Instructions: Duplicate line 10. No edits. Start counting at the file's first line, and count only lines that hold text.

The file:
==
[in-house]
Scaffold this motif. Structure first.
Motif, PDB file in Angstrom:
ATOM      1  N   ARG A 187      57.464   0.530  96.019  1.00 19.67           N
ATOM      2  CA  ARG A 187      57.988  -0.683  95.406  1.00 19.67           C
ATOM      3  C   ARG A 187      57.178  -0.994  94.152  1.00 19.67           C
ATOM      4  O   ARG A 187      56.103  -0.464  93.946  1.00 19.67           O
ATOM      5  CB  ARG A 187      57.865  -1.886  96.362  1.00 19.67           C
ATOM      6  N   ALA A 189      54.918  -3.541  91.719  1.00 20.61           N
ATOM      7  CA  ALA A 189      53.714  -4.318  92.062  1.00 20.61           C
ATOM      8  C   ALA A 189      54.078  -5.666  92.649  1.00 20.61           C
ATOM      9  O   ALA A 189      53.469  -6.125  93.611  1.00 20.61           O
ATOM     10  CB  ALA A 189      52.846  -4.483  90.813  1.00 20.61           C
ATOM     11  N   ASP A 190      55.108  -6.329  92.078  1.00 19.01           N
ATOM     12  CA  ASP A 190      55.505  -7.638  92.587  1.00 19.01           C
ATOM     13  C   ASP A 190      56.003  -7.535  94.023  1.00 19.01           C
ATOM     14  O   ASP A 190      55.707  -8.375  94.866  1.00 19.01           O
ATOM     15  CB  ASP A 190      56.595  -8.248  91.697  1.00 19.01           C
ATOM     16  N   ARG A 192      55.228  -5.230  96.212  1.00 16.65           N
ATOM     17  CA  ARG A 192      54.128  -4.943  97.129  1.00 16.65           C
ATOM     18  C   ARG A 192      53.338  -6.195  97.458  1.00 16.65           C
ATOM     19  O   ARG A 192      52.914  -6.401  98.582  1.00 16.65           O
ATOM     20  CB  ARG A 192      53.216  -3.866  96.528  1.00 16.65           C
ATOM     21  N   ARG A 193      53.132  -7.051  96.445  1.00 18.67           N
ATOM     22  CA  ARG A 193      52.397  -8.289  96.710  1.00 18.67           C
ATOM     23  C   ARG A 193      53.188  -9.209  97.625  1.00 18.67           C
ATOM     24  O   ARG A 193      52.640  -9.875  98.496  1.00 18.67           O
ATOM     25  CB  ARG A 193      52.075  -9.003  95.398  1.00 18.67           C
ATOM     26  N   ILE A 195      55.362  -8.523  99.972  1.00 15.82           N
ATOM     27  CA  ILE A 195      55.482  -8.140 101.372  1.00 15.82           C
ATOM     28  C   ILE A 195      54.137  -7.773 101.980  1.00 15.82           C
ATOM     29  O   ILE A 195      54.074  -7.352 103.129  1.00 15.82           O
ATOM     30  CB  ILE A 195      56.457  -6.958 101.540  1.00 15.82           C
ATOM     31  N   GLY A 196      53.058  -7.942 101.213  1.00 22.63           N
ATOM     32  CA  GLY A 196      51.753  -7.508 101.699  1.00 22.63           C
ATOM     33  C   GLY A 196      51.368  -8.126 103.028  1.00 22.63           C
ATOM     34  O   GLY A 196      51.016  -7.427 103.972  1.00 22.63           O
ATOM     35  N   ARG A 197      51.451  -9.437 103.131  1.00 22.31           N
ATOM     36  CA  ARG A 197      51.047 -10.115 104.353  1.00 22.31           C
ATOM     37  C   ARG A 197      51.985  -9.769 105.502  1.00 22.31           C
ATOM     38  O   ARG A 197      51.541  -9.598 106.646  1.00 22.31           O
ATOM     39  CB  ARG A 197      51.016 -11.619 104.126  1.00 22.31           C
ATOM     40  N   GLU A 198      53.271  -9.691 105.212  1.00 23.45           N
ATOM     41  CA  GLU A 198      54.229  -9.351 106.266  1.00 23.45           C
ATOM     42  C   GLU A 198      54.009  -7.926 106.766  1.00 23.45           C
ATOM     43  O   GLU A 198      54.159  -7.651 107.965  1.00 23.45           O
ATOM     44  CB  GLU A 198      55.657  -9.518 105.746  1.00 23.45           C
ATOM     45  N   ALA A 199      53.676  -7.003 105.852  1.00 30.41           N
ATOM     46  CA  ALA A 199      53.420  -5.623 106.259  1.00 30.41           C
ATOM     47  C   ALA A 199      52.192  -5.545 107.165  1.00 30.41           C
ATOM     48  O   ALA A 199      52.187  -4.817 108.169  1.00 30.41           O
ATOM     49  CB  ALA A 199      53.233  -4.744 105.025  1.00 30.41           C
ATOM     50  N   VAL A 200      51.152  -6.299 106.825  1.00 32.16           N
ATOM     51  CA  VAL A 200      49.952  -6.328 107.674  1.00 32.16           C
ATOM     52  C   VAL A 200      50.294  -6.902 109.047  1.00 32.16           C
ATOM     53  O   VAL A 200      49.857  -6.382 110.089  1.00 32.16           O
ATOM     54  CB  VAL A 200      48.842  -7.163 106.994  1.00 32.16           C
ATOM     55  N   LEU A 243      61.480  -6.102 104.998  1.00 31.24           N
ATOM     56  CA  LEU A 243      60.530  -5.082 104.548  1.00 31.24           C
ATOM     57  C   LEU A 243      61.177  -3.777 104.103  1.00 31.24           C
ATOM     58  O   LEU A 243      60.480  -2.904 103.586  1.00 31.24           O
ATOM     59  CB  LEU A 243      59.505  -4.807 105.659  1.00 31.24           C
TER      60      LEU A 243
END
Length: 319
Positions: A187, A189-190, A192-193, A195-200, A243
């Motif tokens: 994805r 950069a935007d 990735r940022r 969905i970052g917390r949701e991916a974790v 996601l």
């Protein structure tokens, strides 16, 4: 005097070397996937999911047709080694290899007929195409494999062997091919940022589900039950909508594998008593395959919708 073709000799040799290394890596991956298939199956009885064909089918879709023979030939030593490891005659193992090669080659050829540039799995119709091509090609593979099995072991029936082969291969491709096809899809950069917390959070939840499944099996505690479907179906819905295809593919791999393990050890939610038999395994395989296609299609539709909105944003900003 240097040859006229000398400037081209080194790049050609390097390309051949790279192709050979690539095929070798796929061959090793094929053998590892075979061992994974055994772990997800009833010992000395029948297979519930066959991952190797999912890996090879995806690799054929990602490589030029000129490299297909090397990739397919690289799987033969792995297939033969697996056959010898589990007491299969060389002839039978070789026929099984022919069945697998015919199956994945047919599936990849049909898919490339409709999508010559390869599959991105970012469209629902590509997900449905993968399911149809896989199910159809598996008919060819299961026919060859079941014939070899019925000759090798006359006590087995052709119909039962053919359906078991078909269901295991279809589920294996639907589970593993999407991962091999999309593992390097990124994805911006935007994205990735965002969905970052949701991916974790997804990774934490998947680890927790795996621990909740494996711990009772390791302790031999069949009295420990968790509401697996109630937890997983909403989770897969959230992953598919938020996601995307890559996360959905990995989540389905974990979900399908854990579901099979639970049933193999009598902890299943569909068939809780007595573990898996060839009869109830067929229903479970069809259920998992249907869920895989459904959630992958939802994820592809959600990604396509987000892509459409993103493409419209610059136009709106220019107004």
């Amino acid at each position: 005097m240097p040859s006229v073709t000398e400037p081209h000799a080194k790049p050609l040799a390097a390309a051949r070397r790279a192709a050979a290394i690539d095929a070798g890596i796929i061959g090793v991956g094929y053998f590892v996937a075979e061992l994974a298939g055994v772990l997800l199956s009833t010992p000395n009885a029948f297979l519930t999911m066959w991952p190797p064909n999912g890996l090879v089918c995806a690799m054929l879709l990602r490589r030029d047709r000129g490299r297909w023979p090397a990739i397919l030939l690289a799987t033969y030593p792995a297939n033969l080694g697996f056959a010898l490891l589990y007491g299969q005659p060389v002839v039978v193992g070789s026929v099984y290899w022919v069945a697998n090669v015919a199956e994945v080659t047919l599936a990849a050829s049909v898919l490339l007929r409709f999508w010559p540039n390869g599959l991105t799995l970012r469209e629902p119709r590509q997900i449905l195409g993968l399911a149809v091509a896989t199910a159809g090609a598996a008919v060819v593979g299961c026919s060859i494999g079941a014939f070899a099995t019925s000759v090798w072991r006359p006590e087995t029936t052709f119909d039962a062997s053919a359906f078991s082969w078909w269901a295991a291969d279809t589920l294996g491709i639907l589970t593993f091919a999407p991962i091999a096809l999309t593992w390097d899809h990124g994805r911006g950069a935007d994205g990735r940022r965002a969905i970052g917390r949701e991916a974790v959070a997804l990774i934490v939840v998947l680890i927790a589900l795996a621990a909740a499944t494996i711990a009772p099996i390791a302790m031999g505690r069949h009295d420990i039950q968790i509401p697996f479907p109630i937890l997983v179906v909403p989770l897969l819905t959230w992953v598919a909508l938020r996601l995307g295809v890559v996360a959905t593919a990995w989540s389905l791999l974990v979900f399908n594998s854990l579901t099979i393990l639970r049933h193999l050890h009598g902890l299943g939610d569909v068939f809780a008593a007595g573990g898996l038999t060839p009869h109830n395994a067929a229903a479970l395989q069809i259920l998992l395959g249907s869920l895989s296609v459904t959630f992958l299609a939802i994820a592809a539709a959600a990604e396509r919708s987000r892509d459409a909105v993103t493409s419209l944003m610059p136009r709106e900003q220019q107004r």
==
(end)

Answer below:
ATOM      7  CA  ALA A 189      53.714  -4.318  92.062  1.00 20.61           C